# Markov chain tree theorem

In the mathematical theory of Markov chains, the **Markov chain tree theorem** is an expression for the stationary distribution of a Markov chain with finitely many states. It sums up terms for the rooted spanning trees of the Markov chain, with a positive combination for each tree. The Markov chain tree theorem is closely related to Kirchhoff's theorem on counting the spanning trees of a graph, from which it can be derived.^{[1]} It was first stated by (Hill 1966), for certain Markov chains arising in thermodynamics,^{[1]}^{[2]} and proved in full generality by (Leighton Rivest), motivated by an application in limited-memory estimation of the probability of a biased coin.^{[1]}^{[3]}
A finite Markov chain consists of a finite set of states, and a transition probability [math]\displaystyle{ p_{i,j} }[/math] for changing from state [math]\displaystyle{ i }[/math] to state [math]\displaystyle{ j }[/math], such that for each state the outgoing transition probabilities sum to one. From an initial choice of state (which turns out to be irrelevant to this problem), each successive state is chosen at random according to the transition probabilities from the previous state. A Markov chain is said to be irreducible when every state can reach every other state through some sequence of transitions, and aperiodic if, for every state, the possible numbers of steps in sequences that start and end in that state have greatest common divisor one. An irreducible and aperiodic Markov chain necessarily has a stationary distribution, a probability distribution on its states that describes the probability of being on a given state after many steps, regardless of the initial choice of state.^{[1]}

The Markov chain tree theorem considers spanning trees for the states of the Markov chain, defined to be trees, directed toward a designated root, in which all directed edges are valid transitions of the given Markov chain. If a transition from state [math]\displaystyle{ i }[/math] to state [math]\displaystyle{ j }[/math] has transition probability [math]\displaystyle{ p_{i,j} }[/math], then a tree [math]\displaystyle{ T }[/math] with edge set [math]\displaystyle{ E(T) }[/math] is defined to have weight equal to the product of its transition probabilities:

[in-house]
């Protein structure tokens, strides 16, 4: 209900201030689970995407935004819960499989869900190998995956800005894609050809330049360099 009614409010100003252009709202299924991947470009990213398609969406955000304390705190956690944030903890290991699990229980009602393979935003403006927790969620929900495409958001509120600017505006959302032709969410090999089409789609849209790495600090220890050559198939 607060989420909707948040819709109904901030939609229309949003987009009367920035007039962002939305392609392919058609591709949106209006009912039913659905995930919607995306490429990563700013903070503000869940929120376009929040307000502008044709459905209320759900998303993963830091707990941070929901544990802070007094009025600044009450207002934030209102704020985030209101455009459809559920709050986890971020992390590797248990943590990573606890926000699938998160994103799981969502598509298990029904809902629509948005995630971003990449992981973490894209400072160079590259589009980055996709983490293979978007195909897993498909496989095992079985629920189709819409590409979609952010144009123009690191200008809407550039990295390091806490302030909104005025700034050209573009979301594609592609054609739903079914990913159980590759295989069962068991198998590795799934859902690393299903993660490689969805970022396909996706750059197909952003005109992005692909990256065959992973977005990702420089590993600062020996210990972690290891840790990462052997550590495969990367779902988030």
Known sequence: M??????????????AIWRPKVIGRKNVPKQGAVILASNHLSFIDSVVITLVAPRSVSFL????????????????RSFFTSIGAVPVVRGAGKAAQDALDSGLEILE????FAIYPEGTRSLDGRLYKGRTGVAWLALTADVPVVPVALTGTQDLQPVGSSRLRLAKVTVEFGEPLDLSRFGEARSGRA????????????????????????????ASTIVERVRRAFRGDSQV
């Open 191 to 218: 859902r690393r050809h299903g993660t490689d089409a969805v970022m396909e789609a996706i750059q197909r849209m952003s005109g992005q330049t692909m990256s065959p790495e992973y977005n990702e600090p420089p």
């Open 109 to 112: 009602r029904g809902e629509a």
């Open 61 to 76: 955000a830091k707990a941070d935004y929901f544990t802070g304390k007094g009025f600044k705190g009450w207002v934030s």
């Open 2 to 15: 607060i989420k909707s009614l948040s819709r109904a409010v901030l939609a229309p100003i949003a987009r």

[math]\displaystyle{ w(T)=\prod_{(i,j)\in E(T)} p_{i,j}. }[/math]
Let [math]\displaystyle{ \mathcal{T}_i }[/math] denote the set of all spanning trees having state [math]\displaystyle{ i }[/math] at their root. Then, according to the Markov chain tree theorem, the stationary probability [math]\displaystyle{ \pi_i }[/math] for state [math]\displaystyle{ i }[/math] is proportional to the sum of the weights of the trees rooted at [math]\displaystyle{ i }[/math]. That is,
[math]\displaystyle{ \pi_i=\frac{1}{Z}\sum_{T\in\mathcal{T}_i} w(T), }[/math]
where the normalizing constant [math]\displaystyle{ Z }[/math] is the sum of [math]\displaystyle{ w(T) }[/math] over all spanning trees.^{[1]}

## References

- ↑
^{1.0}^{1.1}^{1.2}^{1.3}^{1.4}"The combinatorics of hopping particles and positivity in Markov chains",*London Mathematical Society Newsletter*(500): 50–59, May 2022 - ↑ Hill, Terrell L. (April 1966), "Studies in irreversible thermodynamics IV: diagrammatic representation of steady state fluxes for unimolecular systems",
*Journal of Theoretical Biology***10**(3): 442–459, doi:10.1016/0022-5193(66)90137-8, PMID 5964691 - ↑ "Estimating a probability using finite memory",
*IEEE Transactions on Information Theory***32**(6): 733–742, 1986, doi:10.1109/TIT.1986.1057250

Original source: https://en.wikipedia.org/wiki/Markov chain tree theorem.
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